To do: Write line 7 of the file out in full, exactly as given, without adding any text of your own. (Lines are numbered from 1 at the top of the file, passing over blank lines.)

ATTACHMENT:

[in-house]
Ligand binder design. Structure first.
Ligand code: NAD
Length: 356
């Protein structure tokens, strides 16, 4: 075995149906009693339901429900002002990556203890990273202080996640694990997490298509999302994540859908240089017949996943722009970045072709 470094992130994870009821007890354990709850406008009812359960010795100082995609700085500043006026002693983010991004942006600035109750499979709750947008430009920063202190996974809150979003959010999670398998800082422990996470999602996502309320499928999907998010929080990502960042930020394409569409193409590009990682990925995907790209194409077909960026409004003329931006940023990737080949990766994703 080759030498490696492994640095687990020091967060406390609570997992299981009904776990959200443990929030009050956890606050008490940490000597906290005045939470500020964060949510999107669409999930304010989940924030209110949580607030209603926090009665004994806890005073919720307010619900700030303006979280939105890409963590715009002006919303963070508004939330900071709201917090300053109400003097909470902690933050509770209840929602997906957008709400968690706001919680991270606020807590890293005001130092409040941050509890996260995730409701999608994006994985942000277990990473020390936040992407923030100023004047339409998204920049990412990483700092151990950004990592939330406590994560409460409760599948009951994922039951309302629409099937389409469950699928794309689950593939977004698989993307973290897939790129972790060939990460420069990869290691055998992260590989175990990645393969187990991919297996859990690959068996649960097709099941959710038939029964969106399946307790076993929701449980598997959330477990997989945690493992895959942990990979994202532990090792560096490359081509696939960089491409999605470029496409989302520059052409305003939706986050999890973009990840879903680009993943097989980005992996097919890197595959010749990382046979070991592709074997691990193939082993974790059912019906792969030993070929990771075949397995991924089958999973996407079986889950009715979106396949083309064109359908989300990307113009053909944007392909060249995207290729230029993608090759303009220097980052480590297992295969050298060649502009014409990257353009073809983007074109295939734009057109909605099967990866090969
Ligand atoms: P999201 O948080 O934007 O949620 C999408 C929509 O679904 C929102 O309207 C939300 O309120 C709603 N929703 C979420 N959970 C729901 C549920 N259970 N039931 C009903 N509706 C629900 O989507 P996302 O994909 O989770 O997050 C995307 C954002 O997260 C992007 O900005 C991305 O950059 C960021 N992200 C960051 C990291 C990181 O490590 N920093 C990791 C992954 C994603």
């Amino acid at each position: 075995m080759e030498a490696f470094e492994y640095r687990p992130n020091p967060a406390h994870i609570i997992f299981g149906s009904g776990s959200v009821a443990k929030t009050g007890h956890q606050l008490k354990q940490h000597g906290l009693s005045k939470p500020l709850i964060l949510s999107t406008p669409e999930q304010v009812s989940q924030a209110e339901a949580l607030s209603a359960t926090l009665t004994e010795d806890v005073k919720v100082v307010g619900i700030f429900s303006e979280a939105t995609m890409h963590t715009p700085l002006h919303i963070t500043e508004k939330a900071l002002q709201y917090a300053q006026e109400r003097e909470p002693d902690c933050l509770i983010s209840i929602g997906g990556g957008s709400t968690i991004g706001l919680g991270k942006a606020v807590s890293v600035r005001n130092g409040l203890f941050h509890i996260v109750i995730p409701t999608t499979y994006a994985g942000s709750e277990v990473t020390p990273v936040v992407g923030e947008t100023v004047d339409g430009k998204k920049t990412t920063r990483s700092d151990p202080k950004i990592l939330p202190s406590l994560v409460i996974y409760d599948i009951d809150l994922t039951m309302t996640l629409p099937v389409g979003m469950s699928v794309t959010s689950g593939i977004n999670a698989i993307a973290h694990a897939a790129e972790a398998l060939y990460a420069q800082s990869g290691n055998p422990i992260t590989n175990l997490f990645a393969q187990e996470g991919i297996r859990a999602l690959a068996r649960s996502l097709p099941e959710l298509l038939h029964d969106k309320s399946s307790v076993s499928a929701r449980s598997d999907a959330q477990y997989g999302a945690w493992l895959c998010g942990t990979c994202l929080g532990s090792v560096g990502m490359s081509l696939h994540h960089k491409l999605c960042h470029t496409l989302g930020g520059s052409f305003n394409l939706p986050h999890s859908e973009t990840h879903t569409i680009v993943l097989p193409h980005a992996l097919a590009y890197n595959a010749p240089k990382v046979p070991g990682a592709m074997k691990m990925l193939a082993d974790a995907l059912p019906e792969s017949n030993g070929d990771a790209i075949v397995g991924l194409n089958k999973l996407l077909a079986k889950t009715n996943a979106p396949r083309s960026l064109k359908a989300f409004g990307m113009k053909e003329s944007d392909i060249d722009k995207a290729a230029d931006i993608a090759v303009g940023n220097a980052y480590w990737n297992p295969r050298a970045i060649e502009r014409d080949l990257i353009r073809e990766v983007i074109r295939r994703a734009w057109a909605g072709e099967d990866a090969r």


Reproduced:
């Amino acid at each position: 075995m080759e030498a490696f470094e492994y640095r687990p992130n020091p967060a406390h994870i609570i997992f299981g149906s009904g776990s959200v009821a443990k929030t009050g007890h956890q606050l008490k354990q940490h000597g906290l009693s005045k939470p500020l709850i964060l949510s999107t406008p669409e999930q304010v009812s989940q924030a209110e339901a949580l607030s209603a359960t926090l009665t004994e010795d806890v005073k919720v100082v307010g619900i700030f429900s303006e979280a939105t995609m890409h963590t715009p700085l002006h919303i963070t500043e508004k939330a900071l002002q709201y917090a300053q006026e109400r003097e909470p002693d902690c933050l509770i983010s209840i929602g997906g990556g957008s709400t968690i991004g706001l919680g991270k942006a606020v807590s890293v600035r005001n130092g409040l203890f941050h509890i996260v109750i995730p409701t999608t499979y994006a994985g942000s709750e277990v990473t020390p990273v936040v992407g923030e947008t100023v004047d339409g430009k998204k920049t990412t920063r990483s700092d151990p202080k950004i990592l939330p202190s406590l994560v409460i996974y409760d599948i009951d809150l994922t039951m309302t996640l629409p099937v389409g979003m469950s699928v794309t959010s689950g593939i977004n999670a698989i993307a973290h694990a897939a790129e972790a398998l060939y990460a420069q800082s990869g290691n055998p422990i992260t590989n175990l997490f990645a393969q187990e996470g991919i297996r859990a999602l690959a068996r649960s996502l097709p099941e959710l298509l038939h029964d969106k309320s399946s307790v076993s499928a929701r449980s598997d999907a959330q477990y997989g999302a945690w493992l895959c998010g942990t990979c994202l929080g532990s090792v560096g990502m490359s081509l696939h994540h960089k491409l999605c960042h470029t496409l989302g930020g520059s052409f305003n394409l939706p986050h999890s859908e973009t990840h879903t569409i680009v993943l097989p193409h980005a992996l097919a590009y890197n595959a010749p240089k990382v046979p070991g990682a592709m074997k691990m990925l193939a082993d974790a995907l059912p019906e792969s017949n030993g070929d990771a790209i075949v397995g991924l194409n089958k999973l996407l077909a079986k889950t009715n996943a979106p396949r083309s960026l064109k359908a989300f409004g990307m113009k053909e003329s944007d392909i060249d722009k995207a290729a230029d931006i993608a090759v303009g940023n220097a980052y480590w990737n297992p295969r050298a970045i060649e502009r014409d080949l990257i353009r073809e990766v983007i074109r295939r994703a734009w057109a909605g072709e099967d990866a090969r």